Fiber-based tissue-engineered scaffold for ligament replacement: Design considerations and in vitro evaluation

James A. Cooper, Helen H. Lu, Frank K. Ko, Joseph W. Freeman, Cato T. Laurencin

Research output: Contribution to journalArticlepeer-review

387 Scopus citations


The anterior cruciate ligament (ACL) is the major intraarticular ligamentous structure of the knee, which functions as a joint stabilizer. It is the most commonly injured ligament of the knee, with over 150,000 ACL surgeries performed annually in the United States. Due to limitations associated with current grafts for ACL reconstruction, there is a significant demand for alternative graft systems. We report here the development of a biodegradable, tissue-engineered ACL graft. Several design parameters including construct architecture, porosity, degradability, and cell source were examined. This graft system is based on polymeric fibers of polylactide-co-glycolide 10:90, and it was fabricated using a novel, three-dimensional braiding technology. The resultant micro-porous scaffold exhibited optimal pore diameters (175-233μm) for ligament tissue ingrowth, and initial mechanical properties of the construct approximate those of the native ligament.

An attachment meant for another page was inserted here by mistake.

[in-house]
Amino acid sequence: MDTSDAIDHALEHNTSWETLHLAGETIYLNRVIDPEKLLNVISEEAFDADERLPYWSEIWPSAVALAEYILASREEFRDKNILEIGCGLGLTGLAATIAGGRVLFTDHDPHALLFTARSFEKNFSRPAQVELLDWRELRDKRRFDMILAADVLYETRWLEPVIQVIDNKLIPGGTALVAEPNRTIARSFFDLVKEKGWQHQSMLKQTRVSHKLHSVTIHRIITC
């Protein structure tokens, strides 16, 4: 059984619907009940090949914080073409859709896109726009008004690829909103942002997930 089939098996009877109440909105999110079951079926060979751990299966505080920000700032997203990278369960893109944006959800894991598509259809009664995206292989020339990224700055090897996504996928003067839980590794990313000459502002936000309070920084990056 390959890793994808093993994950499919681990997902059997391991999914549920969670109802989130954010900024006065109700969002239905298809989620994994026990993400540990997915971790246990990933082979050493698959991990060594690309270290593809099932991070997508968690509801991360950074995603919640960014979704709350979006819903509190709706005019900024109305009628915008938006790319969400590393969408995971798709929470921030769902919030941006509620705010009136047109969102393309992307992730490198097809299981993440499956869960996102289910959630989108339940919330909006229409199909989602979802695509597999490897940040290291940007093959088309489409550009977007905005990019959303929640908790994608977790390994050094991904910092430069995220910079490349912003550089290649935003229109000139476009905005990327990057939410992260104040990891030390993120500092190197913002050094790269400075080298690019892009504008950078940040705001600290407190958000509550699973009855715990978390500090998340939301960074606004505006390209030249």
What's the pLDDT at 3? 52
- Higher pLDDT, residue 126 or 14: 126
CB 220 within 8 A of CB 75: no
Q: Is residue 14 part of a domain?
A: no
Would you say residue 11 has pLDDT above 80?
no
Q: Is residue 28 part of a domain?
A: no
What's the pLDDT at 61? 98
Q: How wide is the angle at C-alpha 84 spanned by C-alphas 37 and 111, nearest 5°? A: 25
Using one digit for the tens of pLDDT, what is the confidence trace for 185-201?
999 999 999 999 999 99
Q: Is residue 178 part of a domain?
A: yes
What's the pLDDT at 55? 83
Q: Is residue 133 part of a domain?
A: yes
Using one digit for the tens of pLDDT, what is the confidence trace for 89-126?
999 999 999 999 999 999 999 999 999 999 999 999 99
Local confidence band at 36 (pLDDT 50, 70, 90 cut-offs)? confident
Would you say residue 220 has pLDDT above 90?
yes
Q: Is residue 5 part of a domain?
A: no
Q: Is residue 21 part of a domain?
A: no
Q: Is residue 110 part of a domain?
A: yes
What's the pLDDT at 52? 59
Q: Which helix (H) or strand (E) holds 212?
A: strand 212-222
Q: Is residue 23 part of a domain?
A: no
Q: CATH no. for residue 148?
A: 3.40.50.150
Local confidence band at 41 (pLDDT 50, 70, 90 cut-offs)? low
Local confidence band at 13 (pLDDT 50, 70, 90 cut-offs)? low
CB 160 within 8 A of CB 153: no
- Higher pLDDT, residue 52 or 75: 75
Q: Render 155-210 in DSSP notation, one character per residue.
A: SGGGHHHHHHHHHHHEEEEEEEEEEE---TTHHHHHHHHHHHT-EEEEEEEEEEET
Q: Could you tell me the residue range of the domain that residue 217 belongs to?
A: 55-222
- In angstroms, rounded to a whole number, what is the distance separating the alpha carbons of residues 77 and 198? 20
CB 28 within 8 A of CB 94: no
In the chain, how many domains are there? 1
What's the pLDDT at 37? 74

Original languageEnglish (US)
Pages (from-to)1523-1532
Number of pages10
Issue number13
StatePublished - May 2005
Externally publishedYes

All Science Journal Classification (ASJC) codes

  • Bioengineering
  • Ceramics and Composites
  • Biophysics
  • Biomaterials
  • Mechanics of Materials


  • Anterior cruciate ligament
  • Degradable
  • Ligament and ligament tissue engineering
  • Ligament repair
  • Polymer
  • Porosity
  • Tissue engineering

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